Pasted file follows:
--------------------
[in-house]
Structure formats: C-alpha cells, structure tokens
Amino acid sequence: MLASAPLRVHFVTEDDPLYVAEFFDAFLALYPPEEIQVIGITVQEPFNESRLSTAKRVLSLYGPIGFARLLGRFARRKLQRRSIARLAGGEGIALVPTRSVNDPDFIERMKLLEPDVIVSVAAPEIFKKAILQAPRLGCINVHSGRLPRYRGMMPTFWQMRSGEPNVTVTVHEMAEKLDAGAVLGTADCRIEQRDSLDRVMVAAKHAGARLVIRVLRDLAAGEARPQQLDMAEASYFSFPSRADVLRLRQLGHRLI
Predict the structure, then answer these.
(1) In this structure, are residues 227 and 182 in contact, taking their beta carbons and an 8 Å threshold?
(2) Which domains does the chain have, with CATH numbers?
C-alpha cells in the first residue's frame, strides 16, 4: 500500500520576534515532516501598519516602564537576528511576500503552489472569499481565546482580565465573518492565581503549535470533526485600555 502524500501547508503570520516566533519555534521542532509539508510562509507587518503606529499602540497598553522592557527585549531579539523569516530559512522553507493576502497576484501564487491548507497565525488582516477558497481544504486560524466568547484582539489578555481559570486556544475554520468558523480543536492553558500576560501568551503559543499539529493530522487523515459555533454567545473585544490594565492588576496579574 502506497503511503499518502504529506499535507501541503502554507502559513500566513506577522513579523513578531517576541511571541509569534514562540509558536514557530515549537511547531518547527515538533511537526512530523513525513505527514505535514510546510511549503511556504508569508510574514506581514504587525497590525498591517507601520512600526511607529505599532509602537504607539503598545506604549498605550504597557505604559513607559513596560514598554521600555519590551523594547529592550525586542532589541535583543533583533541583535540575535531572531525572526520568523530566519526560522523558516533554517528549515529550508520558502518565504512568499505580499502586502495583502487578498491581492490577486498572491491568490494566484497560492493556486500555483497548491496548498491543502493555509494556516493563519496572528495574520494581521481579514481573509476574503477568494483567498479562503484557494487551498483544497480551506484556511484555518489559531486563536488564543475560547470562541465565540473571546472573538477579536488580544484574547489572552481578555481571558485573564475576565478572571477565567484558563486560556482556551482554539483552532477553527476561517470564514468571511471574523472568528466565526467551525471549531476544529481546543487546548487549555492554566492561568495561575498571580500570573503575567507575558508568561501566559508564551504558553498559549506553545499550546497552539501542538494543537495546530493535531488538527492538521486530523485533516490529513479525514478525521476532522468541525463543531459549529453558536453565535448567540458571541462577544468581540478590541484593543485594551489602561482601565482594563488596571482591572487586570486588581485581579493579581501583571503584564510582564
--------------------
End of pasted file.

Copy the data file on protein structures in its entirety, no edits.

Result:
[in-house]
Structure formats: C-alpha cells, structure tokens
Amino acid sequence: MLASAPLRVHFVTEDDPLYVAEFFDAFLALYPPEEIQVIGITVQEPFNESRLSTAKRVLSLYGPIGFARLLGRFARRKLQRRSIARLAGGEGIALVPTRSVNDPDFIERMKLLEPDVIVSVAAPEIFKKAILQAPRLGCINVHSGRLPRYRGMMPTFWQMRSGEPNVTVTVHEMAEKLDAGAVLGTADCRIEQRDSLDRVMVAAKHAGARLVIRVLRDLAAGEARPQQLDMAEASYFSFPSRADVLRLRQLGHRLI
Predict the structure, then answer these.
(1) In this structure, are residues 227 and 182 in contact, taking their beta carbons and an 8 Å threshold?
(2) Which domains does the chain have, with CATH numbers?
C-alpha cells in the first residue's frame, strides 16, 4: 500500500520576534515532516501598519516602564537576528511576500503552489472569499481565546482580565465573518492565581503549535470533526485600555 502524500501547508503570520516566533519555534521542532509539508510562509507587518503606529499602540497598553522592557527585549531579539523569516530559512522553507493576502497576484501564487491548507497565525488582516477558497481544504486560524466568547484582539489578555481559570486556544475554520468558523480543536492553558500576560501568551503559543499539529493530522487523515459555533454567545473585544490594565492588576496579574 502506497503511503499518502504529506499535507501541503502554507502559513500566513506577522513579523513578531517576541511571541509569534514562540509558536514557530515549537511547531518547527515538533511537526512530523513525513505527514505535514510546510511549503511556504508569508510574514506581514504587525497590525498591517507601520512600526511607529505599532509602537504607539503598545506604549498605550504597557505604559513607559513596560514598554521600555519590551523594547529592550525586542532589541535583543533583533541583535540575535531572531525572526520568523530566519526560522523558516533554517528549515529550508520558502518565504512568499505580499502586502495583502487578498491581492490577486498572491491568490494566484497560492493556486500555483497548491496548498491543502493555509494556516493563519496572528495574520494581521481579514481573509476574503477568494483567498479562503484557494487551498483544497480551506484556511484555518489559531486563536488564543475560547470562541465565540473571546472573538477579536488580544484574547489572552481578555481571558485573564475576565478572571477565567484558563486560556482556551482554539483552532477553527476561517470564514468571511471574523472568528466565526467551525471549531476544529481546543487546548487549555492554566492561568495561575498571580500570573503575567507575558508568561501566559508564551504558553498559549506553545499550546497552539501542538494543537495546530493535531488538527492538521486530523485533516490529513479525514478525521476532522468541525463543531459549529453558536453565535448567540458571541462577544468581540478590541484593543485594551489602561482601565482594563488596571482591572487586570486588581485581579493579581501583571503584564510582564